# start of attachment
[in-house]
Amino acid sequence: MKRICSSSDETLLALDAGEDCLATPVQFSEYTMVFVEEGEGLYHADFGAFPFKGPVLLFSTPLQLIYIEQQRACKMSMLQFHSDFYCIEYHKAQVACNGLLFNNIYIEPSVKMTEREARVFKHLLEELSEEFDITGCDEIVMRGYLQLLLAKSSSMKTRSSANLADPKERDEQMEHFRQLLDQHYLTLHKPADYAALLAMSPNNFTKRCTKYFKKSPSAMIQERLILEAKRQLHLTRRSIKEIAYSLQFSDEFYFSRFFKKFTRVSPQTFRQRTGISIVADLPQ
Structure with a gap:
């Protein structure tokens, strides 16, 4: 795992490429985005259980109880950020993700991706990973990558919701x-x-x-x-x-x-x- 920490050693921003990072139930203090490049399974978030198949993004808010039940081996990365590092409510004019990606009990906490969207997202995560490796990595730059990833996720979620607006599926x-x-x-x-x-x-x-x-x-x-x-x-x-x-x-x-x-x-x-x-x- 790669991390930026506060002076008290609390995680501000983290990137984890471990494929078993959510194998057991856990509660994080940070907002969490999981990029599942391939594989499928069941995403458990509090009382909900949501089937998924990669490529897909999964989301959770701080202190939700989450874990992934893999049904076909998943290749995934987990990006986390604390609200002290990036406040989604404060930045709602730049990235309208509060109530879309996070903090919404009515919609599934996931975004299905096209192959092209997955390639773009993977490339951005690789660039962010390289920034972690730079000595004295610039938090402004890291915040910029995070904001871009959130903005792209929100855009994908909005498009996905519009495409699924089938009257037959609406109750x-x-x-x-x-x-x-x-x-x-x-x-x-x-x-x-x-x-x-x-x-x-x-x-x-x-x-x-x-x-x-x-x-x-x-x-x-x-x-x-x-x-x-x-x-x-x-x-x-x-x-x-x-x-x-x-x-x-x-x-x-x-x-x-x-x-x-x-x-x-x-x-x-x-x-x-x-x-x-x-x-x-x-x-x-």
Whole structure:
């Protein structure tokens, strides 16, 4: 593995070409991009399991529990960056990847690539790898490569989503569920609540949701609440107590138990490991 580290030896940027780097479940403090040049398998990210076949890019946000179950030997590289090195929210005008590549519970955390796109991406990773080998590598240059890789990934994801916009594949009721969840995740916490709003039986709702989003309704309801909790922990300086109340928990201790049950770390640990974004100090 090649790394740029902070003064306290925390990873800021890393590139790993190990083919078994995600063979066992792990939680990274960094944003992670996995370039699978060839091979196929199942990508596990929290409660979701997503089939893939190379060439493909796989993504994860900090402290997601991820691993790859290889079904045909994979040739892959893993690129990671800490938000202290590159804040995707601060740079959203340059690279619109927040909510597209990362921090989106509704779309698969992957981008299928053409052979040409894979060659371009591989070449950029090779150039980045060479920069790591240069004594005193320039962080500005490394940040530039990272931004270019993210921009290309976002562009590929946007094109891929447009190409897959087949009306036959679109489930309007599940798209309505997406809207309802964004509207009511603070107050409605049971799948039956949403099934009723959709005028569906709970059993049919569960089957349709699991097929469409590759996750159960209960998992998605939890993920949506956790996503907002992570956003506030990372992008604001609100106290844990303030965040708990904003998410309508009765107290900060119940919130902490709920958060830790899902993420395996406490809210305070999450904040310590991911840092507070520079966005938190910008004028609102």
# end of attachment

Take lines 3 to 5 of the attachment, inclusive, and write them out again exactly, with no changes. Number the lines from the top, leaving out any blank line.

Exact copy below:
Structure with a gap:
């Protein structure tokens, strides 16, 4: 795992490429985005259980109880950020993700991706990973990558919701x-x-x-x-x-x-x- 920490050693921003990072139930203090490049399974978030198949993004808010039940081996990365590092409510004019990606009990906490969207997202995560490796990595730059990833996720979620607006599926x-x-x-x-x-x-x-x-x-x-x-x-x-x-x-x-x-x-x-x-x- 790669991390930026506060002076008290609390995680501000983290990137984890471990494929078993959510194998057991856990509660994080940070907002969490999981990029599942391939594989499928069941995403458990509090009382909900949501089937998924990669490529897909999964989301959770701080202190939700989450874990992934893999049904076909998943290749995934987990990006986390604390609200002290990036406040989604404060930045709602730049990235309208509060109530879309996070903090919404009515919609599934996931975004299905096209192959092209997955390639773009993977490339951005690789660039962010390289920034972690730079000595004295610039938090402004890291915040910029995070904001871009959130903005792209929100855009994908909005498009996905519009495409699924089938009257037959609406109750x-x-x-x-x-x-x-x-x-x-x-x-x-x-x-x-x-x-x-x-x-x-x-x-x-x-x-x-x-x-x-x-x-x-x-x-x-x-x-x-x-x-x-x-x-x-x-x-x-x-x-x-x-x-x-x-x-x-x-x-x-x-x-x-x-x-x-x-x-x-x-x-x-x-x-x-x-x-x-x-x-x-x-x-x-």
Whole structure: